Developers to seek more effective strategies
In a recent performance report, National Economic Development Authority (Neda) chief Arsenio Balisacan said the economy grew by 5.6 percent for the second quarter, an improvement from the previous quarter (5.0 percent) and indicative of the expanse of the country’s resiliency from the prevailing weakness of the global economy. “This growth is currently the third highest among Asia’s major economies, behind China and Vietnam,” he said.
Balisacan added: “Both exports and imports of services showed robust growth in the quarter. Exports of services jumped to a 31.1 percent growth in the second quarter, from a 5.9-percent contraction in the same period last year. This dispels doubts about the sustainability of growth in service-oriented industries, especially in the business process outsourcing or BPO sector.”
With this positive development in key areas of the country’s growth, Balicasan believes the country is now looking at an economy that can sustain a high-growth trajectory in the future quarters.
No wonder members of the country’s major and leading organization of housing and real estate developers are using adjectives like “great” and “incredibly positive” as they head to next week’s 24th Subdivision and Housing Developers Association (SHDA) national developers convention that will be held at the Makati Shangri-La Hotel.
At the forefront
SHDA president Armenia Ballesteros agreed: “Indeed, the country’s property sector is at the forefront of Philippine growth in the medium and long term. There is a consensus among industry stakeholders that growth will continue as a result of the country’s rapid urbanization growth that continues to fuel demand for more residential properties. This growth is mainly driven by the prospering middle class as well as healthy inflow of remittances from the 11 million overseas Filipino workers (OFWs), stronger demand for BPO services, and the ever-thriving global retirement market.”
For Rodel Racadio, SHDA first vice president and this year’s convention chair, these are SHDA’s major markets that its more than 200 members nationwide must find ways to reach more effectively. “This is the reason why we have lined up the topic, ‘Understanding the Market’ in one of our panel discussions.”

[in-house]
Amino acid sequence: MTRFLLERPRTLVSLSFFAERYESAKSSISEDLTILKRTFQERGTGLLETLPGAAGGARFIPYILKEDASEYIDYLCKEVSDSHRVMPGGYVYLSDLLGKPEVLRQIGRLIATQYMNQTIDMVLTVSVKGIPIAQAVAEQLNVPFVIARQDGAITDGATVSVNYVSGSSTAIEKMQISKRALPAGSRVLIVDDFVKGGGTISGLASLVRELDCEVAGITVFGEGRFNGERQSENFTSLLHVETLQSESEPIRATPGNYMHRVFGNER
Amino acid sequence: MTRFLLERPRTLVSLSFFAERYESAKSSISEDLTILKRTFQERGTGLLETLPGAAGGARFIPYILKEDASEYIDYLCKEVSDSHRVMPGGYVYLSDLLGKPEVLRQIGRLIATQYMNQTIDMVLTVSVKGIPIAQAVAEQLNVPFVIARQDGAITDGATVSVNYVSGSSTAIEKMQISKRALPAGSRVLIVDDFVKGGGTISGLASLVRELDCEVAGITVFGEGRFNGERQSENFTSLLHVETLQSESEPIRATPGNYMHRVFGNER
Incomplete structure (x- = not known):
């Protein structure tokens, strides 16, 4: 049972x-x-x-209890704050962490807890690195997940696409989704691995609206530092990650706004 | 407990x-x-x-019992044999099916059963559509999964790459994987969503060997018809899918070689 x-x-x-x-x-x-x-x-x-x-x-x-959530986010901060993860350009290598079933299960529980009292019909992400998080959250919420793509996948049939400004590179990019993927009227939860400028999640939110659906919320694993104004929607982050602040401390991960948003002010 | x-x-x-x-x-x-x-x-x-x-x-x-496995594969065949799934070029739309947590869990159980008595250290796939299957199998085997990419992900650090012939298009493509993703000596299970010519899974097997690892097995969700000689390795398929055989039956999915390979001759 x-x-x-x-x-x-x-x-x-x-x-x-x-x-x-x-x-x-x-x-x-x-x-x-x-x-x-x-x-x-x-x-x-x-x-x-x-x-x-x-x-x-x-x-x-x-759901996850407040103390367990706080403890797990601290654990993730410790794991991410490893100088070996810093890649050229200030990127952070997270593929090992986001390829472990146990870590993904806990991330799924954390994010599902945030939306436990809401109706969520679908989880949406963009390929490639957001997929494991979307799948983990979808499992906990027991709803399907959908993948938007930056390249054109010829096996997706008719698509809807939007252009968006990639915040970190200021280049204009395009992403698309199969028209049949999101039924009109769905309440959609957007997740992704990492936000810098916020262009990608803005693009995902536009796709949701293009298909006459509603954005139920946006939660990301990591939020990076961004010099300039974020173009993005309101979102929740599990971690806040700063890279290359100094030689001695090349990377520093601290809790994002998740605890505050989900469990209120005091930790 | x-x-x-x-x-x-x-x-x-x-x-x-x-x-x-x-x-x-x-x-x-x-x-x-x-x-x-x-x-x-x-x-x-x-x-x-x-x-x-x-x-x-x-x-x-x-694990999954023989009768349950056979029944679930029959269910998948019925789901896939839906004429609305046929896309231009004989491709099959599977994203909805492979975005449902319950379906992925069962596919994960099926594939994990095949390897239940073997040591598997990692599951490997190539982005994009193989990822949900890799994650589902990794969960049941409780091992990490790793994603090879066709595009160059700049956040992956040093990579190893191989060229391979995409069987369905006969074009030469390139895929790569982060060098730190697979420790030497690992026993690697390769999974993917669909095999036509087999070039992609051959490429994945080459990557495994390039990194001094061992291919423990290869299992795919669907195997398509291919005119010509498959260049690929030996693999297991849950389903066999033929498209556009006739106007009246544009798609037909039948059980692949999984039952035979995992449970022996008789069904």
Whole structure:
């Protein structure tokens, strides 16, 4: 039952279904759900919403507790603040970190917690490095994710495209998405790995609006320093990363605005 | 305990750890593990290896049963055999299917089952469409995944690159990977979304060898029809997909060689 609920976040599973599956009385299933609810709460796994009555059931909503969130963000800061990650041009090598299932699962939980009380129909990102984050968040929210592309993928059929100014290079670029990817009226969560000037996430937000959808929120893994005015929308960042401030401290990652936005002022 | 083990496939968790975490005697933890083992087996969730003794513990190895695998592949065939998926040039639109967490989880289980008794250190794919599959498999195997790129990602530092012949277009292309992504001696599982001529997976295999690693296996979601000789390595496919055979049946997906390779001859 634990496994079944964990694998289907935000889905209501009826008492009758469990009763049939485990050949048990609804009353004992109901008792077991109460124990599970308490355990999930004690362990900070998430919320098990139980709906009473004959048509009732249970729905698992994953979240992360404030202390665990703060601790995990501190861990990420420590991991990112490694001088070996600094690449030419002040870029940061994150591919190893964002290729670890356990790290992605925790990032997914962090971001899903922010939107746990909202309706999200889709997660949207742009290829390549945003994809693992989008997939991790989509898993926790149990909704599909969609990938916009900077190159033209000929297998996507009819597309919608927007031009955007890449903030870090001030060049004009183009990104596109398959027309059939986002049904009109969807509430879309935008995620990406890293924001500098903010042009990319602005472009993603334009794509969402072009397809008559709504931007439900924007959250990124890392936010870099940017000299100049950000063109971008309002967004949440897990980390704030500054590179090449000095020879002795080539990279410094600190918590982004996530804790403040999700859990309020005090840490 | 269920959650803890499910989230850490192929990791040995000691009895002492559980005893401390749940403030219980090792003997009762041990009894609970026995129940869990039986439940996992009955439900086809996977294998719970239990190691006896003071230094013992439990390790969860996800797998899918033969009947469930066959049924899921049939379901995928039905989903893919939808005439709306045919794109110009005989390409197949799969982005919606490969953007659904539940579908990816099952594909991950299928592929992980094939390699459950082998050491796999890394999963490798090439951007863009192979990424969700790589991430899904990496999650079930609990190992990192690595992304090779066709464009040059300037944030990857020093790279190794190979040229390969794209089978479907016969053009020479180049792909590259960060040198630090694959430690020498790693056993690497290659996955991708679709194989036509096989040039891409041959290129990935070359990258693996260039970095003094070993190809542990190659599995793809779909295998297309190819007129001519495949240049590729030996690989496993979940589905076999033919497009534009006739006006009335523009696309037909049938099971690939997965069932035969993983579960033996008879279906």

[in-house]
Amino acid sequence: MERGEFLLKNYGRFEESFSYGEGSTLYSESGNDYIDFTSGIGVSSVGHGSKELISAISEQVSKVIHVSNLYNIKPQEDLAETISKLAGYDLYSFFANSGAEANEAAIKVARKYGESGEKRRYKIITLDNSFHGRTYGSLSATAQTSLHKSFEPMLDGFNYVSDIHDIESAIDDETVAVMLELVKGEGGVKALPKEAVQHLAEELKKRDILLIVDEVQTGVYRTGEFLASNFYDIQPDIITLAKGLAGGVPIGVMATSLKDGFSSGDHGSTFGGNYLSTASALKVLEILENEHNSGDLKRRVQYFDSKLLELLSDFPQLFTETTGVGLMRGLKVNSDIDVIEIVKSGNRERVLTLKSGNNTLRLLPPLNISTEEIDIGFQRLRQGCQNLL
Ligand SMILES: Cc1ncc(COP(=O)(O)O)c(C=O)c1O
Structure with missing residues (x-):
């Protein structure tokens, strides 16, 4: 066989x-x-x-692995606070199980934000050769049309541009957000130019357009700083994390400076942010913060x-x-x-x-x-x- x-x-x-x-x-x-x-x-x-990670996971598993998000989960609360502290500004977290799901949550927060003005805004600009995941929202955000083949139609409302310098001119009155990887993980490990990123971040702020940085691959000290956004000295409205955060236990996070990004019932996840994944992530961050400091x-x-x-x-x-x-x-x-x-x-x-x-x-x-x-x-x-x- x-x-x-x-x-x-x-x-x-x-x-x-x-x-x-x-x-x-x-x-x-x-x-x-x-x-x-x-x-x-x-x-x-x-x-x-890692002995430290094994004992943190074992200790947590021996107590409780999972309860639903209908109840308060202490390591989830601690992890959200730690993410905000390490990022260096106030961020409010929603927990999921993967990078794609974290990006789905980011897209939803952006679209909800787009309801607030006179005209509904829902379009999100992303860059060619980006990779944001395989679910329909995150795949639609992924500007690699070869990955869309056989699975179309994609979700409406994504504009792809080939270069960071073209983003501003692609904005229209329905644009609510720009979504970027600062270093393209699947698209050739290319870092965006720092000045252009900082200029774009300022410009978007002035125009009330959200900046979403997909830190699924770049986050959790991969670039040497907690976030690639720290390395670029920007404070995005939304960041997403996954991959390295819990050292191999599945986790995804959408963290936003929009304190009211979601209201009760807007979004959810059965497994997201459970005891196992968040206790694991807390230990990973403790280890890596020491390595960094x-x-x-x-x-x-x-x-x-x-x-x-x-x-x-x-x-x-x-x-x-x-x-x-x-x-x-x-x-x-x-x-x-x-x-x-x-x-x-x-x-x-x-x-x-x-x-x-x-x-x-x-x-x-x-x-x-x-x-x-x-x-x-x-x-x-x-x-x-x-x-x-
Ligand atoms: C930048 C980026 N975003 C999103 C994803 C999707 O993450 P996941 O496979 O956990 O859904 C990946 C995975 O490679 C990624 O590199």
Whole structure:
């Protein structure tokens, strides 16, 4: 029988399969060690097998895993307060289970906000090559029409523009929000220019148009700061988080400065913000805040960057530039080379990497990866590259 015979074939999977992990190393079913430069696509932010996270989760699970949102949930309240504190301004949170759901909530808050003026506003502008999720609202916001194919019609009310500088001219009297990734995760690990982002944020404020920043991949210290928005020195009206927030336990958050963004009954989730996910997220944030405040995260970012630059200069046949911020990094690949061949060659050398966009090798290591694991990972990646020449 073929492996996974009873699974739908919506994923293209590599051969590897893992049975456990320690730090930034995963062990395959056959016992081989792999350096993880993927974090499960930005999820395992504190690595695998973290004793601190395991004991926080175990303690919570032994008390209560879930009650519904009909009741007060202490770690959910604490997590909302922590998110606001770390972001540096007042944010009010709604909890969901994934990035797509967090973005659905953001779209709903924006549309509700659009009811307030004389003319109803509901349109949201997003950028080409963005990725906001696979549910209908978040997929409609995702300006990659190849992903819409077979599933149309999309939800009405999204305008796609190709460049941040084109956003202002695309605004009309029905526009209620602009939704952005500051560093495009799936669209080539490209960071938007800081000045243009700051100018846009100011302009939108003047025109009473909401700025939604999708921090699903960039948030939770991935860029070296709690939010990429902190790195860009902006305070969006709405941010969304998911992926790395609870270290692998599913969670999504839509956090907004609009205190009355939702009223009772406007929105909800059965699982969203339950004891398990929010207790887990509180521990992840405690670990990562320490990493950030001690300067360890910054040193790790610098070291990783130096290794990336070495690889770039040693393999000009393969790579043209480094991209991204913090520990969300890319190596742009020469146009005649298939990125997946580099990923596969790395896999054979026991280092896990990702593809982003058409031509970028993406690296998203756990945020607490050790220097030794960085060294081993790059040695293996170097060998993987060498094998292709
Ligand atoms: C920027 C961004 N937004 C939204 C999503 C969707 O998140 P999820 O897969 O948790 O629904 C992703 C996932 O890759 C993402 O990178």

Indeed, for the housing market, the bulk of its buyers are still OFWs. “Just last year, they repatriated about $24.3 billion (P1.13 trillion) of which $7 billion (P328 billion) were allocated into property investments,” shared Ballesteros.
But aside from the OFWs, there is also the ever-thriving BPOs. Developers are expecting the money generated by these outsourcing firms to overtake remittances sent home by OFWs and eventually become the country’s main economic engine. The Bangko Sentral ng Pilipinas said BPO revenues are expected to grow by at least 15 percent compared to the 6 percent growth of OFW remittances.
Income from BPOs, which employ more than a million Filipinos, already reached $18.4 billion (P845 trillion) in 2014, up 18.4 percent from the previous year. Mirroring the BSP forecast, the IT and Business Process Association of the Philippines said it expected the industry’s earnings to rise by 15 to 17 percent this year.
By 2016, industry estimates showed that BPOs would earn $25 billion (1.17 trillion) annually.
Another interesting trend that developers are looking into is that for the first time in human history the old will outnumber the younger generations. Global aging will affect every nation with new economic challenges which are already tangible nowadays.
Racadio said: “However, the demographic shift will not only bring challenges but also bring forth economic opportunities—the possibility for a successful establishment of retirement communities in the Philippines for elderly citizens from developed countries. As developers, we should also be preparing for this development.”
Racadio said the principal appeal for retirement in the Philippines is the lower cost of living as housing, food and labor costs are quite reasonable. “Global Filipinos as well as foreign retirees can retire in the Philippines and enjoy not only the lower cost of living but also the very favorable currency-exchange rate,” he added.
Since May 2009, the Department of Tourism’s Philippine Retirement Authority has sought to promote the Philippines as an attractive retirement and investment destination for foreign nationals and former Filipino citizens with the end view of accelerating the country’s socioeconomic development. At present, the agency is already recording close to 40,000 foreign retirees in the Philippines with those coming from China enjoying the largest market share at 34 percent.
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